Previous Section Index Home Page

11 May 2009 : Column 652

11 May 2009 : Column 653

11 May 2009 : Column 654

11 May 2009 : Column 655

Equality Bill (Money)

Queen’s recommendation signified.

Motion made, and Question put forthwith (Standing Order No. 52(1)(a)),

Question agreed to.

Equality Bill (Carry-over)

Motion made, and Question put forthwith (Standing Order No. 80A(1)(a)),

The Speaker’s opinion as to the decision of the Question being challenged, the Division was deferred until Wednesday 13 May (Standing Order No. 41A).

Business without Debate

Delegated legislation




General Practice Surgeries (Bedfordshire)

10.28 pm

Andrew Selous (South-West Bedfordshire) (Con): It gives me great pleasure to present a petition signed by more than 3,100 of my constituents from GPs’ surgeries across the South-West Bedfordshire constituency.

11 May 2009 : Column 656

The petition states:


Planning and Development (Plymouth)

10.30 pm

Alison Seabeck (Plymouth, Devonport) (Lab): I rise to bring to the attention of the House concerns that have been generated following the designation by Plymouth city council of a site in Ernesettle as a possible energy-from-waste plant. The petitioners, including members of the action group STIFLE—Stop the Incinerator Fouling Land at Ernesettle—have set out a very detailed case, including planning and environmental concerns, and offered that presentation to the council and the potential contractors for their consideration.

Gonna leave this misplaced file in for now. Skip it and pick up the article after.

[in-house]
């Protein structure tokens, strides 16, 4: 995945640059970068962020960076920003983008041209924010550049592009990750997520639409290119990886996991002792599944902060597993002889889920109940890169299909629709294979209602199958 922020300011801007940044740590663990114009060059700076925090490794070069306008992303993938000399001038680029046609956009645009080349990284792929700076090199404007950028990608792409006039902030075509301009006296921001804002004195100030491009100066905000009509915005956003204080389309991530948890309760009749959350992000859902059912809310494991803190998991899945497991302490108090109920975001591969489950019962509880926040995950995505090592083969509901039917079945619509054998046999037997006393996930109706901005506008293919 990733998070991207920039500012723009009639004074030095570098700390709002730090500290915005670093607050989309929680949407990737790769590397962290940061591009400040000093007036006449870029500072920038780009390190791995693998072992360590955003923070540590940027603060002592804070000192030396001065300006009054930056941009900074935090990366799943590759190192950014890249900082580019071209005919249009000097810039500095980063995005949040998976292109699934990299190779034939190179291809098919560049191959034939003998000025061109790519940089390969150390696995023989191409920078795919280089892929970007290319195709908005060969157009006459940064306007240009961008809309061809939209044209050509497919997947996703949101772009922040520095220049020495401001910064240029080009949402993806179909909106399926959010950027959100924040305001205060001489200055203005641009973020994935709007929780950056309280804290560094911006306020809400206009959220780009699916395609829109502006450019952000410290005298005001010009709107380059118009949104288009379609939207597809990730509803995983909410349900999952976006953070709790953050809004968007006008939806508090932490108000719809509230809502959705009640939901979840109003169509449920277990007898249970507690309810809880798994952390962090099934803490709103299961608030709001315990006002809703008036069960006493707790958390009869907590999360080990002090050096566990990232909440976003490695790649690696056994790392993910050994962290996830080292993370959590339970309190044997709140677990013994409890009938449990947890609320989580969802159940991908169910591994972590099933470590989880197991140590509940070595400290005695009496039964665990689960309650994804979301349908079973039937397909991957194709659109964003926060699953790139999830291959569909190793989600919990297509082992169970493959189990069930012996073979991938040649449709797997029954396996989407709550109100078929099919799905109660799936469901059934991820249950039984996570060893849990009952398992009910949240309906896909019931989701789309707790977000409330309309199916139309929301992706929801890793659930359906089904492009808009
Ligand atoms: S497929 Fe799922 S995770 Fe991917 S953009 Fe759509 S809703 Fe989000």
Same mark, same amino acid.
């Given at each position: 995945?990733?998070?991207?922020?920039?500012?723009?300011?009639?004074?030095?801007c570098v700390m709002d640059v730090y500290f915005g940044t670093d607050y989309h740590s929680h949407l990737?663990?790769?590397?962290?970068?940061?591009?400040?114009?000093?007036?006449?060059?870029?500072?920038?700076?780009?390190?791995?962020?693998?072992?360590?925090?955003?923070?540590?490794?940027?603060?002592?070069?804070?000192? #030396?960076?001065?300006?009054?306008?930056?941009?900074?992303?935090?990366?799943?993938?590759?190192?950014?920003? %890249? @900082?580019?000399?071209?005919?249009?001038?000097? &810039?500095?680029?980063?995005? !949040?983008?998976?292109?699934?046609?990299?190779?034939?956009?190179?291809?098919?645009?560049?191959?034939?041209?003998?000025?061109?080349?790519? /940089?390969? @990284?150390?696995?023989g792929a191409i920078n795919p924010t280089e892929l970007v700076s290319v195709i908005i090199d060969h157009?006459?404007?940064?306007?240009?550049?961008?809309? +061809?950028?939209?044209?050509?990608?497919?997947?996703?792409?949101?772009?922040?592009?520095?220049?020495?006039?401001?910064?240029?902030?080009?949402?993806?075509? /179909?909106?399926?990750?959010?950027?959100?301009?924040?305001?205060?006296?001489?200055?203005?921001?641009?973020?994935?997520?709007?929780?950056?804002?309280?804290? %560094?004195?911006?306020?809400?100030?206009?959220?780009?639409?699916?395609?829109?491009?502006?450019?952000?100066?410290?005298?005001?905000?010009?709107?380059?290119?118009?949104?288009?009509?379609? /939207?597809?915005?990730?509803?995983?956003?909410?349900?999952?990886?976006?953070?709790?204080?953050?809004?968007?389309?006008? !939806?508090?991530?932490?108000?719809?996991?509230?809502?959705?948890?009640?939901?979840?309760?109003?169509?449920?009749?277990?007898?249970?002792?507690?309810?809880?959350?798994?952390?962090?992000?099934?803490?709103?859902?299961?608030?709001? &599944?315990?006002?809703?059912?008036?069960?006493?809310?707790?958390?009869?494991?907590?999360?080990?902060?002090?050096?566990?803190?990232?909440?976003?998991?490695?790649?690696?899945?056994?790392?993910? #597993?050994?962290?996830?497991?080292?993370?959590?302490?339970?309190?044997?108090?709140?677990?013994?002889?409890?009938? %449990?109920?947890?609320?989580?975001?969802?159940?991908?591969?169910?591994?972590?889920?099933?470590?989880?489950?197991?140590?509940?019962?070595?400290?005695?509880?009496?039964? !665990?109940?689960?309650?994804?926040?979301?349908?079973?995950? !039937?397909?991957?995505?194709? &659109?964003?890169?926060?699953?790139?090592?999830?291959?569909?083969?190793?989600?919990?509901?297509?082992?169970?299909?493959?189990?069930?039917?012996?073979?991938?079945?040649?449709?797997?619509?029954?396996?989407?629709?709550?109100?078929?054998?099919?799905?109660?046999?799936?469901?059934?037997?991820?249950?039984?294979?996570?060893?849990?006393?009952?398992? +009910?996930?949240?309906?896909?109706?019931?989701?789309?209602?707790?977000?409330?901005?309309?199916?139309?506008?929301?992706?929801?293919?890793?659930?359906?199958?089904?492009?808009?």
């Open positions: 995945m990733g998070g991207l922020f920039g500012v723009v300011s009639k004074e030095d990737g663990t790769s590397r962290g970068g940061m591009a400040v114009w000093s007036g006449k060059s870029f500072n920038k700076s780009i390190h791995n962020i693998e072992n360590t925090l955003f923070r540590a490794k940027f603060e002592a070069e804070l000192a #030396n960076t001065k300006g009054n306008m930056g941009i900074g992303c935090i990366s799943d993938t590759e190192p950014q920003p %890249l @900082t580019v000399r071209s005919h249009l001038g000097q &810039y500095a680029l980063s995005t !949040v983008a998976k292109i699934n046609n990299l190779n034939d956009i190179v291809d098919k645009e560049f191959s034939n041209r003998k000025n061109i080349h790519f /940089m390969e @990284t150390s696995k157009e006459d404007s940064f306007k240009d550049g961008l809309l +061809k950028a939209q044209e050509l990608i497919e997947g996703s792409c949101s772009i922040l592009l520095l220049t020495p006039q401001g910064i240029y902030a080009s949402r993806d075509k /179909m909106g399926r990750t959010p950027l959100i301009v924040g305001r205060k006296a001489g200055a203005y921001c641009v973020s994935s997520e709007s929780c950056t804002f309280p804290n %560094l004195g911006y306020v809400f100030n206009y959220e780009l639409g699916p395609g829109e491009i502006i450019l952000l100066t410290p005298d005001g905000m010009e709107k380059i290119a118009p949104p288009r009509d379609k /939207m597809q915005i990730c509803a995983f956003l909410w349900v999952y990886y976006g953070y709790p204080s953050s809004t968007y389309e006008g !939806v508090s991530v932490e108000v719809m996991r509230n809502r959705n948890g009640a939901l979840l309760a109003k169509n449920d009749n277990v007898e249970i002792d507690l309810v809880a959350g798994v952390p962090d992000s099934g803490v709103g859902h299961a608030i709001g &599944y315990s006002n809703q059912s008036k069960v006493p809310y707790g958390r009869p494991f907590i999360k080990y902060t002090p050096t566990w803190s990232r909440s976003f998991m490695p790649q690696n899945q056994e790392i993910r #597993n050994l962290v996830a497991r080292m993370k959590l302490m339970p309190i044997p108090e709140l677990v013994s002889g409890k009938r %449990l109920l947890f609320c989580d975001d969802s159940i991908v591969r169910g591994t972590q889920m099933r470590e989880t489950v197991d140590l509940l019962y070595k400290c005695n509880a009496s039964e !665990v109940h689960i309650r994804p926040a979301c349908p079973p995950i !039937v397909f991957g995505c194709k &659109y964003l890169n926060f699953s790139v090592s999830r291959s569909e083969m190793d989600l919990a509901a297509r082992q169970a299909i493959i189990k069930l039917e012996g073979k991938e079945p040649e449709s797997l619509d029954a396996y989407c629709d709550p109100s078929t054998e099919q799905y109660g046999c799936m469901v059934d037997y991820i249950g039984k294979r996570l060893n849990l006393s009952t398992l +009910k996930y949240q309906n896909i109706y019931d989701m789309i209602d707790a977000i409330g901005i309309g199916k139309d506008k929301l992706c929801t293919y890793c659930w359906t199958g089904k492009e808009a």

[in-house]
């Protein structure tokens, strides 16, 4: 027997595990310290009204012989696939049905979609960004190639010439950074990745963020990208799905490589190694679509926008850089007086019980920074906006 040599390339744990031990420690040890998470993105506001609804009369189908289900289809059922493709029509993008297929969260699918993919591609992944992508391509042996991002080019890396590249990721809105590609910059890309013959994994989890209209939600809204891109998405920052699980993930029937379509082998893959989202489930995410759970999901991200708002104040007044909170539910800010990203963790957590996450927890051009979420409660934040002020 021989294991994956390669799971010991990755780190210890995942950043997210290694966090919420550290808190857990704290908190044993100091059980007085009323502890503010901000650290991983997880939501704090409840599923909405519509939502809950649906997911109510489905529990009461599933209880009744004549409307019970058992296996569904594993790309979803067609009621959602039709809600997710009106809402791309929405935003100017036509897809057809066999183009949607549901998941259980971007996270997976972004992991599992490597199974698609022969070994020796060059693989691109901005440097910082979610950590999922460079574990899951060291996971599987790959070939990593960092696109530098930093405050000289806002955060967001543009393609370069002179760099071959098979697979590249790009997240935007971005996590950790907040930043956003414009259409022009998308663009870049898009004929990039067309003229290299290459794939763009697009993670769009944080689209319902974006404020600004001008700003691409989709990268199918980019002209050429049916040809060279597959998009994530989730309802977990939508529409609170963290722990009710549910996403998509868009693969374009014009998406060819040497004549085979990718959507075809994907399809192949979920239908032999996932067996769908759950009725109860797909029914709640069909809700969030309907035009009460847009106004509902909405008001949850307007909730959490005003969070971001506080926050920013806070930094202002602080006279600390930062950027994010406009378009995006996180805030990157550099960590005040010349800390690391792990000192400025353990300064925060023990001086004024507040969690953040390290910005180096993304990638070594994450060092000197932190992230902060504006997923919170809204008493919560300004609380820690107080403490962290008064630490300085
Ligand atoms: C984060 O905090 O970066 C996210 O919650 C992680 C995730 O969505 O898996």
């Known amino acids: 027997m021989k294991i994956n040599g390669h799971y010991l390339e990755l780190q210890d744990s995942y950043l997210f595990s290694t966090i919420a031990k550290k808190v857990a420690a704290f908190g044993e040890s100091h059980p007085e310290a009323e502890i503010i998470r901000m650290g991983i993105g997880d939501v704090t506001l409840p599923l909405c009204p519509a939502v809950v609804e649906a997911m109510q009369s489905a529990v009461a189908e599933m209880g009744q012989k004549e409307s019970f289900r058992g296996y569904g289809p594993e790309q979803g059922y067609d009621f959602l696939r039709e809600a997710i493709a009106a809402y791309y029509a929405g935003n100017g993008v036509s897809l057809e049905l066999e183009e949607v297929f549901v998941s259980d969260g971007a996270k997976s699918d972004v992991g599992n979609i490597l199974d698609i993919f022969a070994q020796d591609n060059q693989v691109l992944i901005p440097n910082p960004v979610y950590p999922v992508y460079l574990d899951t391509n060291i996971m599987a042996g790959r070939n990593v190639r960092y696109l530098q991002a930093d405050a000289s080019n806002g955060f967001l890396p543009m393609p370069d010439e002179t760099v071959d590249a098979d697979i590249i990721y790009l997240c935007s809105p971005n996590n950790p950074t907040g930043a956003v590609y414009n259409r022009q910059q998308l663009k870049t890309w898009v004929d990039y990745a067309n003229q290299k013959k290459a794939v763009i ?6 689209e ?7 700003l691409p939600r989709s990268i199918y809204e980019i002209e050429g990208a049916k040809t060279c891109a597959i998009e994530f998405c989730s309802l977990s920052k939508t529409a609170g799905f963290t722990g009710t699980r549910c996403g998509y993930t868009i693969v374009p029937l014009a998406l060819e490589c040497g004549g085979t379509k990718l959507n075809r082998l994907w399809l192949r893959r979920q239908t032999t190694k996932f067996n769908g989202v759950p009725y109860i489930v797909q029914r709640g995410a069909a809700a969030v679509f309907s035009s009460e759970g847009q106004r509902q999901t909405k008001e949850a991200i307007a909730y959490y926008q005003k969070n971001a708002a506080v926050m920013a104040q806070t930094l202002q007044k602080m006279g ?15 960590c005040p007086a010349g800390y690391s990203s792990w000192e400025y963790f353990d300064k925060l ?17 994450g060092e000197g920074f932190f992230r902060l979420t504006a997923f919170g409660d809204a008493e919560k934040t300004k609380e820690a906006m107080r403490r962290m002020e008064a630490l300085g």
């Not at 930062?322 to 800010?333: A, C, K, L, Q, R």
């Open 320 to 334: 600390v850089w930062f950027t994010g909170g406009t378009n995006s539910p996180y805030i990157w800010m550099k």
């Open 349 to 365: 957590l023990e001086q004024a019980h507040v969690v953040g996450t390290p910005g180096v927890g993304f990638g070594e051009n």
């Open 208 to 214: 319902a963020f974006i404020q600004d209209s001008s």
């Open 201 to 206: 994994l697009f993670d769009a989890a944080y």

The petition states:


11 May 2009 : Column 657


Motion made, and Question proposed, That this House do now adjourn. —(Steve McCabe.)

10.31 pm

Des Browne (Kilmarnock and Loudoun) (Lab): It is 80 years and one day precisely since Alexander Fleming’s research paper “On the antibacterial action of cultures of a Penicillium” was submitted for publication in The British Journal of Experimental Pathology. In the paper he wrote:

Thus was born the age of antibiotics, although it was to be many years before the first practical application in treatment of bacterial infection in humans, or indeed many years before the coining of the word “antibiotics”. The history tells us much about the nature of scientific discovery, the development of treatments and some of the outside factors that can influence the direction of research, development and human benefit, both positively and negatively.